Elderberry plants are deciduous and are winter hardy in zones 3-9. Fortunately, not too much care is necessary to keep your elderberry thriving throughout the winter.
Native to North America, elderberry plants thrive in the wild and in domesticated landscapes. No excessive winter care is necessary for the survival of the plant. Should you choose to prune for increased yields of foliage and blooms, winter is the best time to prune older or damaged limbs.
Cutting Back Elderberry For Winter
Elderberry plants are special as they do not require excessive measures to keep them not only surviving, but thriving. When the leaves fall and the elderberry is in dormancy, winter is the best time to prune for better growth in the next growing season. Take care in ensuring that you do not over-prune and leave at least eight main limbs for proper growth and to allow proper photosynthesis production once the elderberry is out of dormancy.
Elderberry Winter Care in Pots
If your elderberry resides in a planter or pot, ensure that the roots have plenty of space from the side of the container it is in. Roots that touch the side of the planter or pot may be susceptible to frost and inhibit good growth once winter is over, so make sure to provide a large enough space for the roots to wander. Elderberry plants are shallow rooted, so extra attention should be paid to the exposed roots at the surface. Simply mulch with a thin layer of shredded wood mulch to provide a blanket to the roots.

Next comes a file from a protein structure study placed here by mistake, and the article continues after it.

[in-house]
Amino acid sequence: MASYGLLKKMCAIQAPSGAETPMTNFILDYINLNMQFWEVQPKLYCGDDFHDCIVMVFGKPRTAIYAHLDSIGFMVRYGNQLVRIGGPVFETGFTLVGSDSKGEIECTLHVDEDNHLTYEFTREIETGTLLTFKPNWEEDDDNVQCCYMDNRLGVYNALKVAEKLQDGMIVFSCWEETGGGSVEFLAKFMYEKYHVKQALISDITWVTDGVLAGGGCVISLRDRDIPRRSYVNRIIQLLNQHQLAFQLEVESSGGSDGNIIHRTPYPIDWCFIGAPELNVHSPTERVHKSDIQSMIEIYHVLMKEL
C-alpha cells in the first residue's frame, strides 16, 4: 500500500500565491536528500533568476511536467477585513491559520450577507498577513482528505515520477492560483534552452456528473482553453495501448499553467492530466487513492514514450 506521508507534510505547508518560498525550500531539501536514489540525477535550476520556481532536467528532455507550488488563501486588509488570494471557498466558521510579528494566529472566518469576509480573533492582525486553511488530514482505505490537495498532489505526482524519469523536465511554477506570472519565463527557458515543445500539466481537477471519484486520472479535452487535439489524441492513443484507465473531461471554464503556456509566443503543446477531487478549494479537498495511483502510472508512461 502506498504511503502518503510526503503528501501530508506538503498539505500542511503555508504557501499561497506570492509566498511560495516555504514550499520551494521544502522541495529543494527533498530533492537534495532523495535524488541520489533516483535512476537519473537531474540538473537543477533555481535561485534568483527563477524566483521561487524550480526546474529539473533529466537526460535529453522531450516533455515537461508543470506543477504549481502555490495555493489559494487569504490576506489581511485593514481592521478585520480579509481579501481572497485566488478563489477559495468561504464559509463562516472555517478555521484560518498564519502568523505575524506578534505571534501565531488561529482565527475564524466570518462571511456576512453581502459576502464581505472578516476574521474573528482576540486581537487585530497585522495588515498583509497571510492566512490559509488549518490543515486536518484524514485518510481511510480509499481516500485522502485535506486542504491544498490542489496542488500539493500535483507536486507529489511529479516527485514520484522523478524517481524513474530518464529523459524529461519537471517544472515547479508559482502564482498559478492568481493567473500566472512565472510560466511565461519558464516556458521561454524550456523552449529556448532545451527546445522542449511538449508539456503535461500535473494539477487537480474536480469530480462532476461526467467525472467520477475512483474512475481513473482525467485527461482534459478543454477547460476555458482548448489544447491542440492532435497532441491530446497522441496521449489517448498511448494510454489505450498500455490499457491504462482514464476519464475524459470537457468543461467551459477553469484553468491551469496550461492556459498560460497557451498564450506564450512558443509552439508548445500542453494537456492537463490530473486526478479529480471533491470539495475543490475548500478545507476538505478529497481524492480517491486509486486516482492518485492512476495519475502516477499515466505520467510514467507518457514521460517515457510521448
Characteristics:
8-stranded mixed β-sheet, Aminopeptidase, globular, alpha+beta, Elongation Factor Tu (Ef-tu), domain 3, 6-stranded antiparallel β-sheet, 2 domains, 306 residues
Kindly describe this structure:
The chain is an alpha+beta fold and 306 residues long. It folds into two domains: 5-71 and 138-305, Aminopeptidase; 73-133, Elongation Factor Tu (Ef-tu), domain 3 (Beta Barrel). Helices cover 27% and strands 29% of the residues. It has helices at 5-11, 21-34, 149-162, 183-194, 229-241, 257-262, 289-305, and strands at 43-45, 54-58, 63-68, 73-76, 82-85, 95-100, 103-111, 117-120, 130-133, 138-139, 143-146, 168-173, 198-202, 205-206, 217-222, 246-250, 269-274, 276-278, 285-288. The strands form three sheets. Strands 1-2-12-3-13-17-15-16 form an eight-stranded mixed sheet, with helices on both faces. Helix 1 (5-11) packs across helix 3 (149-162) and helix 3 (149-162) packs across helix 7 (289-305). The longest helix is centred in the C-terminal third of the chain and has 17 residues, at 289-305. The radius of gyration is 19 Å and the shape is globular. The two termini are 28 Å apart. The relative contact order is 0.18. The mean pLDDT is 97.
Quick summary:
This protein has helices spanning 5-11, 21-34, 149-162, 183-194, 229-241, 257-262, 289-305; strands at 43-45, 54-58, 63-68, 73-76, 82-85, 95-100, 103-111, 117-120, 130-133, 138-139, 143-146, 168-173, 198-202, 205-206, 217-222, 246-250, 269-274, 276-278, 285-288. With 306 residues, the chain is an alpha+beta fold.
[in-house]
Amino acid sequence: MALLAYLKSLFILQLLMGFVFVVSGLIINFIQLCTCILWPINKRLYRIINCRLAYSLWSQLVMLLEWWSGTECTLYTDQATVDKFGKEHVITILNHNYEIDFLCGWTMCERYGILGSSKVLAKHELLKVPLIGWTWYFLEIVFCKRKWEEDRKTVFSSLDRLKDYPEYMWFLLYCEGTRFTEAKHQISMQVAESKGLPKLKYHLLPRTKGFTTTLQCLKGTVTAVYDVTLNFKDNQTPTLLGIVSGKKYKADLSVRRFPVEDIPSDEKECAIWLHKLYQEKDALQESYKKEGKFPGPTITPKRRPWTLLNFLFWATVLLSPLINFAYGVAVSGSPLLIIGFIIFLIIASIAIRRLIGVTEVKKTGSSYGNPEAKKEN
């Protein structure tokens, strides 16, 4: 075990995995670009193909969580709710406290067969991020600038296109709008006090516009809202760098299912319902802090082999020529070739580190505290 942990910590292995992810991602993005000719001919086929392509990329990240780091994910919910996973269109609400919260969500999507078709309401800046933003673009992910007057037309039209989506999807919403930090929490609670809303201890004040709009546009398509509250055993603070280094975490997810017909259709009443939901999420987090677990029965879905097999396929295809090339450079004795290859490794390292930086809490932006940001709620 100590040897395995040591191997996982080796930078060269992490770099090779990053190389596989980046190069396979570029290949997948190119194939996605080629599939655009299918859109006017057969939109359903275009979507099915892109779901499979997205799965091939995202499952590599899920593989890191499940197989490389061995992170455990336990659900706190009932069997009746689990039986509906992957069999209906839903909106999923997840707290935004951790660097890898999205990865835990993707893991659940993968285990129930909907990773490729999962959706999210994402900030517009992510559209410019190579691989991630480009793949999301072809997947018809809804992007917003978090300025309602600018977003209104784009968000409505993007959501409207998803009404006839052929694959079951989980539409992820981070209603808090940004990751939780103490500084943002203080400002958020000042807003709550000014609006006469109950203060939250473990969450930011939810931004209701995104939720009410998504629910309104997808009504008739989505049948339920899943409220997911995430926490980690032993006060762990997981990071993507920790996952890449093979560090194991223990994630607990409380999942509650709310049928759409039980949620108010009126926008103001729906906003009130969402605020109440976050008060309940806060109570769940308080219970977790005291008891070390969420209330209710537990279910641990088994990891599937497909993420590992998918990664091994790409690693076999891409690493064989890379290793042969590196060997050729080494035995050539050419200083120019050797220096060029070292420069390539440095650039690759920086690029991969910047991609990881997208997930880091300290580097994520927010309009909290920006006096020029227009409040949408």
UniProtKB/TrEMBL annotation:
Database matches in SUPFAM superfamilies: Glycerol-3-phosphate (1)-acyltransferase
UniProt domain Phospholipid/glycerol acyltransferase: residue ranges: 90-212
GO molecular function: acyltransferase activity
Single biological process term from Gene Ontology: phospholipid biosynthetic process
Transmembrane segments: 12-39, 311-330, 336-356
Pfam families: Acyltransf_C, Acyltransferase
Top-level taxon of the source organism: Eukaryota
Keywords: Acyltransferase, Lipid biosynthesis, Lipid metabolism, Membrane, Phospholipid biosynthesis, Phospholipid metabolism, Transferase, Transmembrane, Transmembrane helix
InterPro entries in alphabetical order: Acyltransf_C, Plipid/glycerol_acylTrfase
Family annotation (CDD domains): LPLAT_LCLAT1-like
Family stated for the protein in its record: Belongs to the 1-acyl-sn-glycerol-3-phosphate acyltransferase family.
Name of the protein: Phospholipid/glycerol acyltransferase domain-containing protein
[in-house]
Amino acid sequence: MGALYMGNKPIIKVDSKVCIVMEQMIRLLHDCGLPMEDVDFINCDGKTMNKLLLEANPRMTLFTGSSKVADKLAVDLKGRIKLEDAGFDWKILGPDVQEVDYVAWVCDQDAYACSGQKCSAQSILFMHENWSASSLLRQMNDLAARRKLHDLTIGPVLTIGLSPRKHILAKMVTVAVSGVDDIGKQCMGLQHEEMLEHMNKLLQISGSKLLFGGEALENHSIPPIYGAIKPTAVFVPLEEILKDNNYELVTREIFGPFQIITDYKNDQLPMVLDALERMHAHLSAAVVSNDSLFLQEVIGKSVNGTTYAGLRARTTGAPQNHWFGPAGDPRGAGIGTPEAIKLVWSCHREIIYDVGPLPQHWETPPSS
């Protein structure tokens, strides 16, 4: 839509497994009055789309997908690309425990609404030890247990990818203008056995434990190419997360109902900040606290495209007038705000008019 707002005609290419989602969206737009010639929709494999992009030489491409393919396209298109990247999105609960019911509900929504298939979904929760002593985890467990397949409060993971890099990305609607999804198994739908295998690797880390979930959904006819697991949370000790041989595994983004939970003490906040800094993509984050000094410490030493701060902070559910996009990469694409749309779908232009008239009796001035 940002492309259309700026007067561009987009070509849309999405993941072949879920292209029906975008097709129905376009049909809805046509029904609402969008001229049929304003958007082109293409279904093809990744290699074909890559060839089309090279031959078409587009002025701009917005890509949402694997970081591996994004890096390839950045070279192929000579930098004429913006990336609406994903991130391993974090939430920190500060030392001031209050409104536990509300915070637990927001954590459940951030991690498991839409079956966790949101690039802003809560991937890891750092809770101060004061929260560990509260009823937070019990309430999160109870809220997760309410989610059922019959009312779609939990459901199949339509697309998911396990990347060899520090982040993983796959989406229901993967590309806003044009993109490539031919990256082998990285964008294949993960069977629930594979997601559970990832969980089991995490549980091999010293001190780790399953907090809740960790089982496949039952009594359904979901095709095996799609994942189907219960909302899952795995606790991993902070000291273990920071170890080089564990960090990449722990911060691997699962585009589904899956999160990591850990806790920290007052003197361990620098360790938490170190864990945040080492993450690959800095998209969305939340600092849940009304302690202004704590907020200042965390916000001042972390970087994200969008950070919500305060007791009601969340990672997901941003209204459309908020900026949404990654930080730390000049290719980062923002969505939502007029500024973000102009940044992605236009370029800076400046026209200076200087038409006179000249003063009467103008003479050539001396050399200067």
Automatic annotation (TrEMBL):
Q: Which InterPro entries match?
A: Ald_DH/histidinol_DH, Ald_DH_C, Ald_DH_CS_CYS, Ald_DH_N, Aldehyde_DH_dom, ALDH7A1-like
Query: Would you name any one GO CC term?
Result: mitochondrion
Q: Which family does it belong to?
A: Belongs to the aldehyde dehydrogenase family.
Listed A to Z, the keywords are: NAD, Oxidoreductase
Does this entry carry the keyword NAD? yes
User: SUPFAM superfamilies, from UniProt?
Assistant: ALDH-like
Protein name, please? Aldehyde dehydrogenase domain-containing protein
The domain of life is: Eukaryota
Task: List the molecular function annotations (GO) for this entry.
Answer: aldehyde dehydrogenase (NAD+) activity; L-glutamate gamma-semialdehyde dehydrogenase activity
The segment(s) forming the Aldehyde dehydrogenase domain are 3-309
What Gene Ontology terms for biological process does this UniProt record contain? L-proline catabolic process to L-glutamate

Watering Elderberry in Winter
Elderberry plants that are in the ground thrive with about 1”-2” of rain per week. Supplemental watering should be in place if not enough rain has fallen. Elderberry plants in planters or pots should be kept moist, but have good drainage to keep the roots from being submerged - especially in freezing temperatures.
Occasional watering, as needed, through irrigation is recommended. Watering can be in short incremental bursts daily or longer watering times a couple of times per week. Being consistent with watering to keep the soil moist will help ensure you will have a happy and healthy elderberry!
Growing Elderberry Indoors
Elderberry plants can grow indoors, however they should be allowed to go dormant during the winter. This can be achieved by placing your elderberry in an unheated garage or similar space. The sheer size of elderberry plants may deter your desire to grow them indoors, so do keep this in mind.
Steps To Care For Elderberry in Winter
Native to North America, elderberry plants are quite easy to care for and require minimal assistance from you. Winter care greatly benefits the prolificness of the next growing season more so than out of necessity for protecting the plant.
Step 1 - Once dormant, prune old and damaged limbs.
Step 2 - Protect the shallow roots in pots or planters with mulch.
Step 3 - Keep space between roots and pot or planter edges by upsizing your planter/pot.
Step 4 - Occasionally water to keep the soil moist.
Step 5 - If indoors, ensure to allow the elderberry to go dormant.
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